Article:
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September 13, 2010

BehindTheMedspeak — Replacement Fingers: The Human Terminator


Anne Eisenberg's April 10, 2010 New York Times story focused on the rise of humanoid prosthetics, and follows.


Eric Jones [above] sat in a middle seat on a recent flight from the New York area to Florida, but he wasn’t complaining. Instead, he was quietly enjoying actions that many other people might take for granted, like taking a cup of coffee from the flight attendant or changing the channel on his video monitor.

These simple movements were lost to Mr. Jones when the fingers and thumb on his right hand were amputated three years ago. But now he has a prosthetic replacement: a set of motorized digits that can clasp cans, flimsy plastic water bottles or even thin slips of paper.

“Pouring a can of soda into a cup — that is a mundane daily action for most people, but to me it is a very big deal,” said Mr. Jones, who lives with his family in Mamaroneck, N.Y. “I slip my bionic fingers on like a glove, and then I have five moveable fingers to grasp things. It’s wonderful to have regained these functions.”

Mr. Jones’s prosthesis, called ProDigits, is made by Touch Bionics in Livingston, Scotland. The device can replace any or all fingers on a hand; each replacement digit has a tiny motor and gear box mounted at the base. Movement is controlled by a computer chip in the prosthesis.

ProDigits was released commercially last December, said Stuart Mead, the chief executive of Touch Bionics. About 60 patients have been fitted worldwide, he said, and some have been wearing it for three or four years. The cost is $60,000 to $75,000, including fitting and occupational therapy.

The technology used by Touch Bionics is based on prostheses that the National Health Service in Scotland developed for children there who suffered effects of the drug thalidomide, he said. The company, founded in 2003 as a spin-off from the health service, adapted the technology from custom prostheses into ones that could be produced commercially. It had funding from investors including Archangel Informal Investment and the Scottish Co-Investment Fund.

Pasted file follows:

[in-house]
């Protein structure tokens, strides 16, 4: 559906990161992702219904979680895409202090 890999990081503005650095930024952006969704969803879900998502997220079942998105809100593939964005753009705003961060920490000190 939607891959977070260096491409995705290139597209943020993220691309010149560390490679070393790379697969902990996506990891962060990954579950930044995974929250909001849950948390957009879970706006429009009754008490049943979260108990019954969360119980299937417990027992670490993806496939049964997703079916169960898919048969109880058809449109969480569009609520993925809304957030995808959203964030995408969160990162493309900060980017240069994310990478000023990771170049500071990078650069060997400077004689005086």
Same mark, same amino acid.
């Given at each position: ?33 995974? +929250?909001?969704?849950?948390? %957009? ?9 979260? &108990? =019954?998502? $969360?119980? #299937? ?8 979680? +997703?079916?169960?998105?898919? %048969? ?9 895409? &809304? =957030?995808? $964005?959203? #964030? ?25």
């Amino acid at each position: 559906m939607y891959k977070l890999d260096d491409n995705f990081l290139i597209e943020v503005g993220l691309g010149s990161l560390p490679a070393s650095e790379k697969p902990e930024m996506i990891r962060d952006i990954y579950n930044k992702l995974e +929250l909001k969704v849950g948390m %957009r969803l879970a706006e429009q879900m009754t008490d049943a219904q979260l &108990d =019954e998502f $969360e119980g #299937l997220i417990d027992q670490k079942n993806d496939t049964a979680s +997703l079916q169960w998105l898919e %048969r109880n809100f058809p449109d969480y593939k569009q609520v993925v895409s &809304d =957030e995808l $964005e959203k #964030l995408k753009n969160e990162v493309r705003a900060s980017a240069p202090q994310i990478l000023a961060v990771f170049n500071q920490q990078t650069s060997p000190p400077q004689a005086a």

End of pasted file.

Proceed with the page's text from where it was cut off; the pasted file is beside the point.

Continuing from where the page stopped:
The company’s first product, released two and a half years ago, was the i-Limb Hand, an entire hand that opens and closes and can grasp objects. It has been a success, Mr. Mead said, with more than 1,200 patients fitted with it in 40 countries.

The company then turned to creating ProDigits. “We decided to develop the technology to mechanize not just a hand, but individual fingers,” he said. “We always knew that it would be the bigger market — more people lose individual digits than lose entire hands — but also the most challenging technically."

The individual, motorized fingers are a new and promising development in the field, made possible in part by miniaturization of components, said John Miguelez, founder and president of Advanced Arm Dynamics of Redondo Beach, Calif. The company specializes in prosthetics for hands and arms for, among others, soldiers returning from Afghanistan and Iraq at Walter Reed Hospital in Washington. “More voltage and current can be applied to the motors,” he said, “creating increased speed and force.”

Dr. Douglas G. Smith, a professor of orthopedic surgery at the University of Washington and Harborview Medical Center in Seattle, agreed. “Motors are getting stronger and smaller, and the batteries are thinner and smaller, too,” he said, making it possible to fit mechanical components into the space formerly occupied by a finger.

Eric Jones has been wearing a ProDigits prosthetic for 18 months. The artificial fingers are slightly larger than the originals, but that is not a problem, he said. “The fingers look cool,” he said. A switch on the side turns the power on and off, and he charges the digits overnight, as he would a cellphone.

Mr. Jones starts the action by flexing or relaxing a muscle in the palm of his hand. Sensors built into the prosthesis pick up the signals sent by the muscles and send the message to the computer chip that controls the motor. The artificial fingers stop closing when they detect resistance, said Karl Lindborg, professional services director for Touch Bionics.